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“Nonetheless, it is crucial that we accurately identify the actual effect of Proposition 8 on same-sex couples’ state constitutional rights … it is only the designation of marriage - albeit significant - that has been removed by this initiative process.”

Q: Are the estimated 18,000 gay marriages performed between June 16 and Nov. 5, 2008 still valid?

Yes. Proposition 8, which says, “Only marriage between a man and a woman is valid or recognized in California,” obviously “does not contain a retroactivity provision, that is, a provision explicitly stating that the measure is to have a retroactive effect.”

“Accordingly, the marriages of same-sex couples performed prior to the effective date of Proposition 8 remain valid and must continue to be recognized in this state.”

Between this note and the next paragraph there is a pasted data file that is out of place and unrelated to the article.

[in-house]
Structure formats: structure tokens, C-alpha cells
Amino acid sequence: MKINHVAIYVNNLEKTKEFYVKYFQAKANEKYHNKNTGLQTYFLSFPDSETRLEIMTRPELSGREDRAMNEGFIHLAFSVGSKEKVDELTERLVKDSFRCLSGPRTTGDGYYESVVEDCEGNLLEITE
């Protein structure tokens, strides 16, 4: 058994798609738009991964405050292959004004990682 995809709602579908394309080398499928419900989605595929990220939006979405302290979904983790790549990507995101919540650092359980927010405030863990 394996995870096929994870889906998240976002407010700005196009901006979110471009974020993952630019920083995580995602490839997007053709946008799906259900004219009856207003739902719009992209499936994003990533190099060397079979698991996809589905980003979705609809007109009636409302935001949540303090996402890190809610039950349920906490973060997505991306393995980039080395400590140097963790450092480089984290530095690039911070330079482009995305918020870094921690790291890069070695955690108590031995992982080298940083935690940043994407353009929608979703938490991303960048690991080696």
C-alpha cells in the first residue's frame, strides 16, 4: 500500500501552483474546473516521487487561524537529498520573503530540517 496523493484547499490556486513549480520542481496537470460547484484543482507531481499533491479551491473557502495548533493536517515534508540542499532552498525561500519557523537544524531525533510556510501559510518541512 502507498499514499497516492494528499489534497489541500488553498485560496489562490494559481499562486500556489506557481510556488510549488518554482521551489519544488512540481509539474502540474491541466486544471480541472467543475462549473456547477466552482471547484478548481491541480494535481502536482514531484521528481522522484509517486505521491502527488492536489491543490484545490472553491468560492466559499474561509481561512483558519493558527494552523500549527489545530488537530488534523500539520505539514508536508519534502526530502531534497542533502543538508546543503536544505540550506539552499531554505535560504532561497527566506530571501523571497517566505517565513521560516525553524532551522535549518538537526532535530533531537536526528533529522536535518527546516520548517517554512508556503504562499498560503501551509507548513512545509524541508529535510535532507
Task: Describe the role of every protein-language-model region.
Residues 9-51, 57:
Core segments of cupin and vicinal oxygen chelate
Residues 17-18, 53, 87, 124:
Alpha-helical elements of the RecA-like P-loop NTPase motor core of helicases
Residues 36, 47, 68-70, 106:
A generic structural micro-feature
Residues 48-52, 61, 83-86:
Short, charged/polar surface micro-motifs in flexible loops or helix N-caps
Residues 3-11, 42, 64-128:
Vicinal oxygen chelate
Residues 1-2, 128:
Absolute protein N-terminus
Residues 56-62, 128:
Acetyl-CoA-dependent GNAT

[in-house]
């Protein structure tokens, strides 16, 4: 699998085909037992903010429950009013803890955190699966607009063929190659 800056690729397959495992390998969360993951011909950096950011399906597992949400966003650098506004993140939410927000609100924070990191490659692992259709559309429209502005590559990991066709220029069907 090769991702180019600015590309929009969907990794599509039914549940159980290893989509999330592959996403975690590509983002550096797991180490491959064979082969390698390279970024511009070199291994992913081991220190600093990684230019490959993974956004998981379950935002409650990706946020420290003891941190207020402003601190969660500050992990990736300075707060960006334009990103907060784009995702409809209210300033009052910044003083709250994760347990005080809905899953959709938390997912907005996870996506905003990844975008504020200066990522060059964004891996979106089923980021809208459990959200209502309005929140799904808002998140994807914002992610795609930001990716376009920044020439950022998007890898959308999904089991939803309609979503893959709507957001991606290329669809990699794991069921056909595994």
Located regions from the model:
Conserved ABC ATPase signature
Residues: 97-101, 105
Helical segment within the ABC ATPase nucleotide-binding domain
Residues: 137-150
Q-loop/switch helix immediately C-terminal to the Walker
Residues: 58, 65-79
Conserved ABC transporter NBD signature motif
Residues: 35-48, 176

Q: Doesn’t the plain language of Proposition 8 make it clear that it affected both pre-existing and future same-sex marriages?

No. Although a sentence in the Voter Information Guide said Proposition 8 would apply to marriages “regardless of when or where performed,” that is “insufficient to demonstrate, clearly and unambiguously, that the voters must have intended a retroactive application.”

Moreover, interpreting Proposition 8 to apply retroactively “would create a serious conflict between the new constitutional provision and the protections afforded by the state due process clause” to same-sex couples who legally married last year.

Q: Proposition 8 disallows same-sex marriage in California, but does it also mean California will not recognize out-of-state same-sex marriages?

Yes. “It is clear that the section added to the California Constitution by Proposition 8 … applies both to marriages performed in California and to those performed in other jurisdictions.”

Excerpt from Justice Moreno’s dissenting opinion:

Today’s ruling “not only allows same-sex couples to be stripped of the right to marry that this court recognized … it places at risk the state constitutional rights of all disfavored minorities. It weakens the status of our state Constitution as a bulwark of fundamental rights for minorities protected from the will of the majority. I therefore dissent.”